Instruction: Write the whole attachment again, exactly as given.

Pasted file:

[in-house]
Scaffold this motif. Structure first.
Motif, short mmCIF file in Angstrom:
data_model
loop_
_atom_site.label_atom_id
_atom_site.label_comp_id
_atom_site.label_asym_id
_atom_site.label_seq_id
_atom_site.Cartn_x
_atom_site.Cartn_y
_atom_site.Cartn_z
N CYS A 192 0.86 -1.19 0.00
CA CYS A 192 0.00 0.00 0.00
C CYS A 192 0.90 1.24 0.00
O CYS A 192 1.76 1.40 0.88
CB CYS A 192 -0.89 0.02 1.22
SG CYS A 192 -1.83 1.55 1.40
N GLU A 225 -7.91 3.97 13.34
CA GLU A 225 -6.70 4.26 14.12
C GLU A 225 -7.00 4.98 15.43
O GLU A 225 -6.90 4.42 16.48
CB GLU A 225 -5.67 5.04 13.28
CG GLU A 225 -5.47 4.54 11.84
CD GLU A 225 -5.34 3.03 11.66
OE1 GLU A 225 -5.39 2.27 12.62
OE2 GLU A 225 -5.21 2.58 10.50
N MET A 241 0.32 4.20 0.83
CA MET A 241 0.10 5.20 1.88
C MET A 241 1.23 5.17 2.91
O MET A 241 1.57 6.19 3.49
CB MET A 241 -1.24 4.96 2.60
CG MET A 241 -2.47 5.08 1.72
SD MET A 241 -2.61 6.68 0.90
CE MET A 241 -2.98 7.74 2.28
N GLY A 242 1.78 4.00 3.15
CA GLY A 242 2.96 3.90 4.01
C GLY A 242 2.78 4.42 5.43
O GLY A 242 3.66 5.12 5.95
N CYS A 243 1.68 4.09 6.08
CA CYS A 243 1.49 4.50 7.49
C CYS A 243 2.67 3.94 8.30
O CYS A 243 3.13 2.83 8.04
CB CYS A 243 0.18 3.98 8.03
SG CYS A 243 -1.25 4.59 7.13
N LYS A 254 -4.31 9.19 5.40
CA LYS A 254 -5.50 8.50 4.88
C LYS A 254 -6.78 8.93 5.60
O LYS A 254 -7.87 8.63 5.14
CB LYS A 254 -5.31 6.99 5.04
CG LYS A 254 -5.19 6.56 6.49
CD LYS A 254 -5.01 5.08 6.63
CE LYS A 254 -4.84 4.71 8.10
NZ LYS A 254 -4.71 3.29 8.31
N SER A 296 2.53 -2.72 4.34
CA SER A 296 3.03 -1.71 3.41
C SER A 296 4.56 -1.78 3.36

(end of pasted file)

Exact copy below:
[in-house]
Scaffold this motif. Structure first.
Motif, short mmCIF file in Angstrom:
data_model
loop_
_atom_site.label_atom_id
_atom_site.label_comp_id
_atom_site.label_asym_id
_atom_site.label_seq_id
_atom_site.Cartn_x
_atom_site.Cartn_y
_atom_site.Cartn_z
N CYS A 192 0.86 -1.19 0.00
CA CYS A 192 0.00 0.00 0.00
C CYS A 192 0.90 1.24 0.00
O CYS A 192 1.76 1.40 0.88
CB CYS A 192 -0.89 0.02 1.22
SG CYS A 192 -1.83 1.55 1.40
N GLU A 225 -7.91 3.97 13.34
CA GLU A 225 -6.70 4.26 14.12
C GLU A 225 -7.00 4.98 15.43
O GLU A 225 -6.90 4.42 16.48
CB GLU A 225 -5.67 5.04 13.28
CG GLU A 225 -5.47 4.54 11.84
CD GLU A 225 -5.34 3.03 11.66
OE1 GLU A 225 -5.39 2.27 12.62
OE2 GLU A 225 -5.21 2.58 10.50
N MET A 241 0.32 4.20 0.83
CA MET A 241 0.10 5.20 1.88
C MET A 241 1.23 5.17 2.91
O MET A 241 1.57 6.19 3.49
CB MET A 241 -1.24 4.96 2.60
CG MET A 241 -2.47 5.08 1.72
SD MET A 241 -2.61 6.68 0.90
CE MET A 241 -2.98 7.74 2.28
N GLY A 242 1.78 4.00 3.15
CA GLY A 242 2.96 3.90 4.01
C GLY A 242 2.78 4.42 5.43
O GLY A 242 3.66 5.12 5.95
N CYS A 243 1.68 4.09 6.08
CA CYS A 243 1.49 4.50 7.49
C CYS A 243 2.67 3.94 8.30
O CYS A 243 3.13 2.83 8.04
CB CYS A 243 0.18 3.98 8.03
SG CYS A 243 -1.25 4.59 7.13
N LYS A 254 -4.31 9.19 5.40
CA LYS A 254 -5.50 8.50 4.88
C LYS A 254 -6.78 8.93 5.60
O LYS A 254 -7.87 8.63 5.14
CB LYS A 254 -5.31 6.99 5.04
CG LYS A 254 -5.19 6.56 6.49
CD LYS A 254 -5.01 5.08 6.63
CE LYS A 254 -4.84 4.71 8.10
NZ LYS A 254 -4.71 3.29 8.31
N SER A 296 2.53 -2.72 4.34
CA SER A 296 3.03 -1.71 3.41
C SER A 296 4.56 -1.78 3.36